BRIEF DESCRIPTION OF THE DRAWINGS

FIG. 1 is a block diagram showing a throttle valve controller and its peripheral devices.

FIG. 2 is a flow chart showing a program executed by the motor driving unit.

FIG. 3 is a flowchart showing a program for friction compensation.

FIG. 4 is a flowchart showing a program for a friction compensation duration.

FIG. 5 is a flowchart showing a program to drive a D.C. motor.

FIG. 6 is a timing chart showing outputs of a position control circuit and a friction compensation circuit while a difference is positive between a target and the present positions of the throttle valve.

FIG. 7 is a timing chart showing outputs of a position control circuit and a friction compensation circuit while a difference is negative between a target and the present positions of the throttle valve.

FIG. 8 is a timing chart showing outputs of a position control circuit and a friction compensation circuit when the present position agrees with the target position of the throttle valve.

PREFERRED EMBODIMENT

Referring now to FIG. 1, a preferred embodiment of the invention is explained. FIG. 1 is a block diagram showing a throttle valve controller and its peripheral devices.

As shown in FIG. 1, a throttle valve 2 is pivotally supported in the intake passage 1 of the internal combustion engine (not shown). The throttle valve 2 is rotated in the passage 1 when a D.C. motor 3 drives a worm gear 32 and a worm wheel 34. The amount of mixture is regulated depending on the position of the throttle valve 2. The mixture is supplied to the internal combustion engine.

The D.C. motor 3 drives the throttle valve 2. Electric power is controlled by a duty control and is supplied from a controller 4 to the D.C. motor 3. An accelerator sensor 6 is connected to the controller 4 to detect the amount of depression of an accelerator pedal 60. A throttle sensor 65 is connected to the controller 4 to detect the present position of the throttle valve 2. An ignition switch 7 is connected to the controller 4 to detect the state of the ignition switch for example, for voltage compensation.

The accelerator sensor 6 generates a signal Ap. 5 The ignition switch generates a signal Is. The throttle sensor 65 generates a signal Sa. These three signals are fed to the Analog/Digital converter 40. The converted signals are fed to a processing unit 41. The processing unit 41 generates a duty ratio to control driving torque of the D.C. motor 3. A driver 45 supplies electric power to the D.C. motor 3 in accordance with the duty ratio set by the processing unit 41.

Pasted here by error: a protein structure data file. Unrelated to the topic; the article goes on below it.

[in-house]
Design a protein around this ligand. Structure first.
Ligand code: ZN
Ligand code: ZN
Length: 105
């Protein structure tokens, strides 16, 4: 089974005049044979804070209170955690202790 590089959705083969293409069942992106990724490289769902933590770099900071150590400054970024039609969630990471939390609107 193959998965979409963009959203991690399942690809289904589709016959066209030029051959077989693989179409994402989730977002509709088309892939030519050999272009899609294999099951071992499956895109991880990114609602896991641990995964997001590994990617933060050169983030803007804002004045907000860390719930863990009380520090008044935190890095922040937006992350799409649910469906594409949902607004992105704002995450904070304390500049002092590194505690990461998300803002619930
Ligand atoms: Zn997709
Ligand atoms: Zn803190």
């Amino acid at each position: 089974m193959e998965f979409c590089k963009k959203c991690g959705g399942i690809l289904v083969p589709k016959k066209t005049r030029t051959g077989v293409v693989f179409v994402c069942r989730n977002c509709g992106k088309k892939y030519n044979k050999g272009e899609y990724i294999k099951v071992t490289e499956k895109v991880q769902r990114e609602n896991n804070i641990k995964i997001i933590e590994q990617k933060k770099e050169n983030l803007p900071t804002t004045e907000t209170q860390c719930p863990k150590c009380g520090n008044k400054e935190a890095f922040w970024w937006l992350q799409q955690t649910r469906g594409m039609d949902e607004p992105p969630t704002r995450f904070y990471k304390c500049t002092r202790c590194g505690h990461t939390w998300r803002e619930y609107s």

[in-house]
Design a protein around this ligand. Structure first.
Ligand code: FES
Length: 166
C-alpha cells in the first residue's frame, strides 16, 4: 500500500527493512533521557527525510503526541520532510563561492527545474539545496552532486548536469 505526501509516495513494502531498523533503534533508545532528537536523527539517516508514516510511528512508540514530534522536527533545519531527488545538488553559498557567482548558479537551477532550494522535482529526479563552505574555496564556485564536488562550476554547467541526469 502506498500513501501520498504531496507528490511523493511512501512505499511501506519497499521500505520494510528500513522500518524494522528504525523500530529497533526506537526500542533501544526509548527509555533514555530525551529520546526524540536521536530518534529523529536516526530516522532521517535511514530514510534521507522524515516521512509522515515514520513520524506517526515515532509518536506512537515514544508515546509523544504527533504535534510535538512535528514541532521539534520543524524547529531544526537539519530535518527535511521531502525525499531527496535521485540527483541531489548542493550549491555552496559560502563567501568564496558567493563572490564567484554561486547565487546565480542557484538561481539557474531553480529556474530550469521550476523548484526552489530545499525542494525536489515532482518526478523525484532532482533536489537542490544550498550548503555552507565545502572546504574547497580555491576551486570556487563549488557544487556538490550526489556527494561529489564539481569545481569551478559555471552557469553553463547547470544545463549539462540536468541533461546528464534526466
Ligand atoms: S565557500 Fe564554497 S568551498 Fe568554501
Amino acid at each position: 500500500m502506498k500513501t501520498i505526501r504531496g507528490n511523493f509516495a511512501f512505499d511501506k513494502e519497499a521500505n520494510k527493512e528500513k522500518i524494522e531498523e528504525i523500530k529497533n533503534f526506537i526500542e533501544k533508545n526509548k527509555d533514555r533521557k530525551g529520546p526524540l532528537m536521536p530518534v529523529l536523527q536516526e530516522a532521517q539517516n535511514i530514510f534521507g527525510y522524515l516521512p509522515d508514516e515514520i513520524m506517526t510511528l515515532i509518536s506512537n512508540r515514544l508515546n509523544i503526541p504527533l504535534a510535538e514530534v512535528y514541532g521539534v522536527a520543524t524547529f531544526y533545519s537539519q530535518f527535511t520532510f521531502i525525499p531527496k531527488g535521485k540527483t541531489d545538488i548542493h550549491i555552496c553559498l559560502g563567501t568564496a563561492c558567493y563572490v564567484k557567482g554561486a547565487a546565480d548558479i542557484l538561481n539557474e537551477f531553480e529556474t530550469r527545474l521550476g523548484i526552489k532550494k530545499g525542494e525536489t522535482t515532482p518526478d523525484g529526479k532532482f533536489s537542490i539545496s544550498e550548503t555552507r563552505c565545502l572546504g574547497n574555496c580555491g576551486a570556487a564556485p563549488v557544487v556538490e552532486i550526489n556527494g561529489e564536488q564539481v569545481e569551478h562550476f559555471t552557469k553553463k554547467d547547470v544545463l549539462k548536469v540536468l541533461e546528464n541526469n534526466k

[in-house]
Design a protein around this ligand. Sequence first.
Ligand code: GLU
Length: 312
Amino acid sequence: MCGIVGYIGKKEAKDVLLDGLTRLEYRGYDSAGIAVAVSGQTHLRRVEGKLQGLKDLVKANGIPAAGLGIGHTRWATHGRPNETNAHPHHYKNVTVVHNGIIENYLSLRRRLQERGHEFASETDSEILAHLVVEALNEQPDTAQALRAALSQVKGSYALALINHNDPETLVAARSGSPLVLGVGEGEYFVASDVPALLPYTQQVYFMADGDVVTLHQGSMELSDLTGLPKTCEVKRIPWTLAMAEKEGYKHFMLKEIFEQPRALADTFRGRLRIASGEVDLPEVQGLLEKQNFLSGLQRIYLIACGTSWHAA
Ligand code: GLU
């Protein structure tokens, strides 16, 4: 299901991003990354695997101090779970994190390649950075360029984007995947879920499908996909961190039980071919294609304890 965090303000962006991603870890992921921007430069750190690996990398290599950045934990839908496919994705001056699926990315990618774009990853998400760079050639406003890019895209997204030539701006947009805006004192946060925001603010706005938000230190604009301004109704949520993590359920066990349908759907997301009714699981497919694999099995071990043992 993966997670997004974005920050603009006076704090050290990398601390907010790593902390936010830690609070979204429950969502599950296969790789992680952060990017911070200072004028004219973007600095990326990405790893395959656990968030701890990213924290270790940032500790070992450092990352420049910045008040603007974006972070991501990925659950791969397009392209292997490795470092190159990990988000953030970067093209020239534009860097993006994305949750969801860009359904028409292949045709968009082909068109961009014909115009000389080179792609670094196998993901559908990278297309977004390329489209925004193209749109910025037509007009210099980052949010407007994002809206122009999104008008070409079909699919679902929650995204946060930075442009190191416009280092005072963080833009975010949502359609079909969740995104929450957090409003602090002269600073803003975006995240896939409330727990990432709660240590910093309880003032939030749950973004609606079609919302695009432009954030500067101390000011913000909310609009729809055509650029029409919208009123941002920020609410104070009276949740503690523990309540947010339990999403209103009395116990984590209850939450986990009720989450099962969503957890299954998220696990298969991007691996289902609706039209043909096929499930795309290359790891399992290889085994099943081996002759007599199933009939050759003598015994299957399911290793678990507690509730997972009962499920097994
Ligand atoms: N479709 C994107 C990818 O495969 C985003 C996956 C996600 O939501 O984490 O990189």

The processing unit 41 calculates a target position of the throttle valve 2 based on the signal Ap fed by the accelerator sensor 6. The processing unit 41 also calculates an actual position of the throttle valve 2 based on the signal Sa fed by the throttle sensor 65. The processing unit 41 further calculates the duty ratio so that the D.C. motor 3 drives the throttle valve 2 to reach the target position.

The processing unit 41 includes a difference calculating circuit 42, a position control circuit 43 and a friction compensating circuit 44. The difference calculating circuit 42 calculates a difference between the target and present positions of the throttle valve 2 when the signals Ap and Sa are supplied to the processing unit 41 from the accelerator sensor 6 and the throttle sensor 65. The position control circuit 43 calculates a proper duty ratio for the throttle valve 2 to reach the target position. Further, the friction compensating circuit 44 calculates the other duty ratio to compensate any positional error of the throttle valve 2 due to friction force affecting to the throttle valve 2. Both the position control circuit 43 and the friction compensating circuit 44 calculate the duty ratios in a set control period of time. The driver 45 supplies electric power in accordance with the two duty ratios supplied from the position control circuit 43 and the friction compensating circuit 44.

The position control circuit 43 sets the duty ratio to move the throttle valve 2 toward the target position. The friction compensating circuit 44 sets the other duty ratio to eliminate any hysteresis generated by static or dynamic friction forces affecting the throttle valve 2. The driver 45 combines both of the duty ratios to supply proper electric power to the D.C. motor 3.

FIG. 2 shows a flow chart executed by the processing unit 41. At step S1, voltage compensation is performed. The processing unit 41 selects a proper gain from stored data in a semiconductor memory (not shown) corresponding to the voltage supplied to the D.C. motor 3. Both of the duty ratios for the position control and the friction compensation will be compensated by the selected gain. At step S2, temporal target position is calculated. At step S3, temperature compensation is performed. At step S4, an inflection point of the throttle valve 2 is studied. At step S5, the duty ratio for the position control is calculated according to a formula explained later. Then, at step S6, the friction compensation duty is calculated. At step S7, the duration for the friction compensation is calculated. At step S8, the position control duty and the friction compensation duty are output to the driver 45 and then return to step S1. In this embodiment, the control period of the processing unit 41 is approximately 5 millisecond.